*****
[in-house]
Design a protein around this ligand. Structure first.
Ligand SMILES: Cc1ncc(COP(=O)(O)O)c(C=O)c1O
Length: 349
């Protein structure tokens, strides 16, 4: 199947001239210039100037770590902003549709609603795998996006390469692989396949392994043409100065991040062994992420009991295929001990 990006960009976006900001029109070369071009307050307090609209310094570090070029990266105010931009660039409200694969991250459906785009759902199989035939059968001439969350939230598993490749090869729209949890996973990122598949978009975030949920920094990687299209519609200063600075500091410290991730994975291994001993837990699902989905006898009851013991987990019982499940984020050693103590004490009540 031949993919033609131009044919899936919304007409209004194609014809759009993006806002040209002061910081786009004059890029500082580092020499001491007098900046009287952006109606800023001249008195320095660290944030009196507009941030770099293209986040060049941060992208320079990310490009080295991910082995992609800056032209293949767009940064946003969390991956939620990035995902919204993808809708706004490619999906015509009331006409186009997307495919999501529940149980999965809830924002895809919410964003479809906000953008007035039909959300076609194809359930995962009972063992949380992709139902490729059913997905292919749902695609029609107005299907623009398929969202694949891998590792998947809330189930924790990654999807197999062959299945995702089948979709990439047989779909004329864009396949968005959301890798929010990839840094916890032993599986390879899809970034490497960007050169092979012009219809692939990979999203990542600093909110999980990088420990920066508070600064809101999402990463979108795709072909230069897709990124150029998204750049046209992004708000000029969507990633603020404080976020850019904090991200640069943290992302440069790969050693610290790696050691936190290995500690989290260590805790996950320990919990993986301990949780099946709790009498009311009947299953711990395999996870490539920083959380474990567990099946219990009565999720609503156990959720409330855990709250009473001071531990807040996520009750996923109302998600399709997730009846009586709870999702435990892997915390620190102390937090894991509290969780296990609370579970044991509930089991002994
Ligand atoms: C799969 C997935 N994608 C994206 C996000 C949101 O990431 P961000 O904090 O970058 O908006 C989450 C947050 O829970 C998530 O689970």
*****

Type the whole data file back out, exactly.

[in-house]
Design a protein around this ligand. Structure first.
Ligand SMILES: Cc1ncc(COP(=O)(O)O)c(C=O)c1O
Length: 349
């Protein structure tokens, strides 16, 4: 199947001239210039100037770590902003549709609603795998996006390469692989396949392994043409100065991040062994992420009991295929001990 990006960009976006900001029109070369071009307050307090609209310094570090070029990266105010931009660039409200694969991250459906785009759902199989035939059968001439969350939230598993490749090869729209949890996973990122598949978009975030949920920094990687299209519609200063600075500091410290991730994975291994001993837990699902989905006898009851013991987990019982499940984020050693103590004490009540 031949993919033609131009044919899936919304007409209004194609014809759009993006806002040209002061910081786009004059890029500082580092020499001491007098900046009287952006109606800023001249008195320095660290944030009196507009941030770099293209986040060049941060992208320079990310490009080295991910082995992609800056032209293949767009940064946003969390991956939620990035995902919204993808809708706004490619999906015509009331006409186009997307495919999501529940149980999965809830924002895809919410964003479809906000953008007035039909959300076609194809359930995962009972063992949380992709139902490729059913997905292919749902695609029609107005299907623009398929969202694949891998590792998947809330189930924790990654999807197999062959299945995702089948979709990439047989779909004329864009396949968005959301890798929010990839840094916890032993599986390879899809970034490497960007050169092979012009219809692939990979999203990542600093909110999980990088420990920066508070600064809101999402990463979108795709072909230069897709990124150029998204750049046209992004708000000029969507990633603020404080976020850019904090991200640069943290992302440069790969050693610290790696050691936190290995500690989290260590805790996950320990919990993986301990949780099946709790009498009311009947299953711990395999996870490539920083959380474990567990099946219990009565999720609503156990959720409330855990709250009473001071531990807040996520009750996923109302998600399709997730009846009586709870999702435990892997915390620190102390937090894991509290969780296990609370579970044991509930089991002994
Ligand atoms: C799969 C997935 N994608 C994206 C996000 C949101 O990431 P961000 O904090 O970058 O908006 C989450 C947050 O829970 C998530 O689970």